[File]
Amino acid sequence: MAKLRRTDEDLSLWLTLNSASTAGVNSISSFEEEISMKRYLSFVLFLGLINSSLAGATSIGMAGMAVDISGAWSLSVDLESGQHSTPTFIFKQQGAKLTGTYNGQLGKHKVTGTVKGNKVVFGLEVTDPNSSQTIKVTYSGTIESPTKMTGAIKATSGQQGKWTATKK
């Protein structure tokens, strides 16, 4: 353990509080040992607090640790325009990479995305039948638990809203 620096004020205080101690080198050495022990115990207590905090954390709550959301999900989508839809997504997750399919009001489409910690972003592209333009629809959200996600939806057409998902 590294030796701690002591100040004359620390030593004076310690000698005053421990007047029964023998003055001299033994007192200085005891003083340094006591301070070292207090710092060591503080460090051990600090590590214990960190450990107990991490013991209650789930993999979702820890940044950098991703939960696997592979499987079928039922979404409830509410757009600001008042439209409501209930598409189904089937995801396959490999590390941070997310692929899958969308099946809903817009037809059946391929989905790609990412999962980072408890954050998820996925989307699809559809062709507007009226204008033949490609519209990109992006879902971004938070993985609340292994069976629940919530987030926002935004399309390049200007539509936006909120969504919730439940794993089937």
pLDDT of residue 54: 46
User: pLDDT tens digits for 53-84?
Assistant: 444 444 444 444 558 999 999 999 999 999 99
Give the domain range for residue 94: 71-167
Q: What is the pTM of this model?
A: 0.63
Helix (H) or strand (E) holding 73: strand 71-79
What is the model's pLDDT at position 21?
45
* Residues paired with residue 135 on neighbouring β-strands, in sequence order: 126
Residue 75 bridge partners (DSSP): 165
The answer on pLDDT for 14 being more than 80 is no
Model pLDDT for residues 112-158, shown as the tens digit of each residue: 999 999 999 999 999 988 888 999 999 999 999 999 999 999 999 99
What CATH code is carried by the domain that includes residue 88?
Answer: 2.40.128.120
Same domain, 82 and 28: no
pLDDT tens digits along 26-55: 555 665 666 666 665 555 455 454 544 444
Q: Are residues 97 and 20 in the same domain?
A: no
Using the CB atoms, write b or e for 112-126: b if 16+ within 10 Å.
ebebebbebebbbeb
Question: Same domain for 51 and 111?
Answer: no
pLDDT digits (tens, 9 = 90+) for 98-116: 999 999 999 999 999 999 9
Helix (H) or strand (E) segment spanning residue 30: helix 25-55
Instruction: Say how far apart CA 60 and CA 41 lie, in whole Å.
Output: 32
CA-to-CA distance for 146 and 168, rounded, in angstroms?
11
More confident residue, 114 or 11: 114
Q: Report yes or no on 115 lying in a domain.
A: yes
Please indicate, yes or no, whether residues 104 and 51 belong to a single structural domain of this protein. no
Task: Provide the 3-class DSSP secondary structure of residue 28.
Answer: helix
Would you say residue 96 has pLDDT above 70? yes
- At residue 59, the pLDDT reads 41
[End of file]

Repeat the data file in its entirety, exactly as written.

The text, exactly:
Amino acid sequence: MAKLRRTDEDLSLWLTLNSASTAGVNSISSFEEEISMKRYLSFVLFLGLINSSLAGATSIGMAGMAVDISGAWSLSVDLESGQHSTPTFIFKQQGAKLTGTYNGQLGKHKVTGTVKGNKVVFGLEVTDPNSSQTIKVTYSGTIESPTKMTGAIKATSGQQGKWTATKK
């Protein structure tokens, strides 16, 4: 353990509080040992607090640790325009990479995305039948638990809203 620096004020205080101690080198050495022990115990207590905090954390709550959301999900989508839809997504997750399919009001489409910690972003592209333009629809959200996600939806057409998902 590294030796701690002591100040004359620390030593004076310690000698005053421990007047029964023998003055001299033994007192200085005891003083340094006591301070070292207090710092060591503080460090051990600090590590214990960190450990107990991490013991209650789930993999979702820890940044950098991703939960696997592979499987079928039922979404409830509410757009600001008042439209409501209930598409189904089937995801396959490999590390941070997310692929899958969308099946809903817009037809059946391929989905790609990412999962980072408890954050998820996925989307699809559809062709507007009226204008033949490609519209990109992006879902971004938070993985609340292994069976629940919530987030926002935004399309390049200007539509936006909120969504919730439940794993089937």
pLDDT of residue 54: 46
User: pLDDT tens digits for 53-84?
Assistant: 444 444 444 444 558 999 999 999 999 999 99
Give the domain range for residue 94: 71-167
Q: What is the pTM of this model?
A: 0.63
Helix (H) or strand (E) holding 73: strand 71-79
What is the model's pLDDT at position 21?
45
* Residues paired with residue 135 on neighbouring β-strands, in sequence order: 126
Residue 75 bridge partners (DSSP): 165
The answer on pLDDT for 14 being more than 80 is no
Model pLDDT for residues 112-158, shown as the tens digit of each residue: 999 999 999 999 999 988 888 999 999 999 999 999 999 999 999 99
What CATH code is carried by the domain that includes residue 88?
Answer: 2.40.128.120
Same domain, 82 and 28: no
pLDDT tens digits along 26-55: 555 665 666 666 665 555 455 454 544 444
Q: Are residues 97 and 20 in the same domain?
A: no
Using the CB atoms, write b or e for 112-126: b if 16+ within 10 Å.
ebebebbebebbbeb
Question: Same domain for 51 and 111?
Answer: no
pLDDT digits (tens, 9 = 90+) for 98-116: 999 999 999 999 999 999 9
Helix (H) or strand (E) segment spanning residue 30: helix 25-55
Instruction: Say how far apart CA 60 and CA 41 lie, in whole Å.
Output: 32
CA-to-CA distance for 146 and 168, rounded, in angstroms?
11
More confident residue, 114 or 11: 114
Q: Report yes or no on 115 lying in a domain.
A: yes
Please indicate, yes or no, whether residues 104 and 51 belong to a single structural domain of this protein. no
Task: Provide the 3-class DSSP secondary structure of residue 28.
Answer: helix
Would you say residue 96 has pLDDT above 70? yes
- At residue 59, the pLDDT reads 41